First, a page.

3. Would be nice if they dropped to the following: Studios $2,200, 1 bedrooms $2,700, 2 bedrooms $3,200, 3 bedrooms, $3,500. Charging $5,829 a month for a 3bedroom apartment is completely insane.

    1. Agreed. They a making a killing – even at 8% lower than they expected. Rents like these are a large part of why so many voters are behind rent control. Which does far more to hurt the City than help it. SF is rapidly turning into one of the most economicaly unequal cities in the country.

  4. This is consistent with what I’m seeing at other large complexes around SF (which is all I track – the individual condo rental market is too hard to track). Rents are down more than 10% from a year ago at some of them. Probably about half of that in the last month. This is the start of a slower period for rentals (so the large drop in the last month is indicative of nothing), but compared to the same time last year (which would have been in the slow period as well), down 10% is about what I’m seeing.

        1. Several times per year, I download the units offered for rent at the larger complexes. You can get their asking prices and layouts and then you try to look for units that are the same or identical, and try to adjust the prices based on that. Sometimes, you can get the same unit, but more often, you are looking at a unit that might be less than ten percent of the number of floors above or below, in the same stack with the same finishes. For example, if I can find a unit on the 5th floor, I need to find a unit 0.5 floors above or below to consider it (or one floor above or below a tenth floor unit), and I’ll make an small adjustment based on the difference.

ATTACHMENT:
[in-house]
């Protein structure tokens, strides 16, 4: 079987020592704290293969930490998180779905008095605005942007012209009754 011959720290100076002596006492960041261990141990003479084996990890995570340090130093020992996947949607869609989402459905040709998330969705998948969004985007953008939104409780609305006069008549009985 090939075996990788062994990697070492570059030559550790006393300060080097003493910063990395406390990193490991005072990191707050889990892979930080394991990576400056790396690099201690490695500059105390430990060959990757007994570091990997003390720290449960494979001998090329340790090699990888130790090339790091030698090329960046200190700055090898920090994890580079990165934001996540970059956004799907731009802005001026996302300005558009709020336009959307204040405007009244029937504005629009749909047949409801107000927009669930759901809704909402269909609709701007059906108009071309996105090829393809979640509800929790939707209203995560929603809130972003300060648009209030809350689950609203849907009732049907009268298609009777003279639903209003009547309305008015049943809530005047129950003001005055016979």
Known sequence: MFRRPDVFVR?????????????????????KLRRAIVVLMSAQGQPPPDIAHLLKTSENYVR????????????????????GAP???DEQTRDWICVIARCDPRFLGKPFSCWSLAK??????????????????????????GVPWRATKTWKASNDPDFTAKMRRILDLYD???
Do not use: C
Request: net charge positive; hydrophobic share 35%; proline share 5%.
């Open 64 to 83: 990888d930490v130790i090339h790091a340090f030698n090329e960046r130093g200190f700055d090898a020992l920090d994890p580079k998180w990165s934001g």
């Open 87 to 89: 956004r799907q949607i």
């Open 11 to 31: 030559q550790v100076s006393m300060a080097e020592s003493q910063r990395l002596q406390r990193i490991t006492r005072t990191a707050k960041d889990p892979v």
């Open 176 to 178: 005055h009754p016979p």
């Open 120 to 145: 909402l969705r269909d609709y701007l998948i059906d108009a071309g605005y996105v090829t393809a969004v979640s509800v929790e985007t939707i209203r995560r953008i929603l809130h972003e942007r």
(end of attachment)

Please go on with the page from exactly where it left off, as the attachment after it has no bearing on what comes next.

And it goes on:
It doesn’t always work because there might be a building blocking the view that tops out right at the lower level unit, but if you have enough of a selection, you can usually get a pretty close idea. You can also look at extras being offered, because those extras mean the units aren’t moving.

          The larger complexes usually provide very detailed floor plans, orientations, and the like. You can also get an idea of whether the prices are in line with the market based on the number of listings they have open, though sometimes, many are hidden. But if you see a complex that usually has N listings open and they have 5N listings now, you can be sure their prices are just way out of line.

          I won’t pay too much attention to places in problem locations, as their prices can fluctuate far more than the market.

          Then you have to download them and save them with the date. The next year, you can compare. I check both San Francisco and the newer complexes in Redwood city. Things in the price point of $4300 last year are running around $3700-$3800 now in San Francisco. The year prior, RWC fell by around 10% and this year, about 3%.

          I use RWC as a sort of indicator of a market that can lure someone out of SF if the price is right. Someone commuting down to silicon valley from SF can be lured to RWC for the right price. So last year, RWC dropped by a lot, luring people out of SF, and now it’s SF that is falling, at least in part, as a result of that action last year.

  5. Would be nice if they dropped to the following: Studios $750-1000, 1 bedrooms $1100-1500, 2 bedrooms $1600-1900, 3 bedrooms, $2000-2400. Charging above $2500 a month for a 3bedroom apartment is completely insane.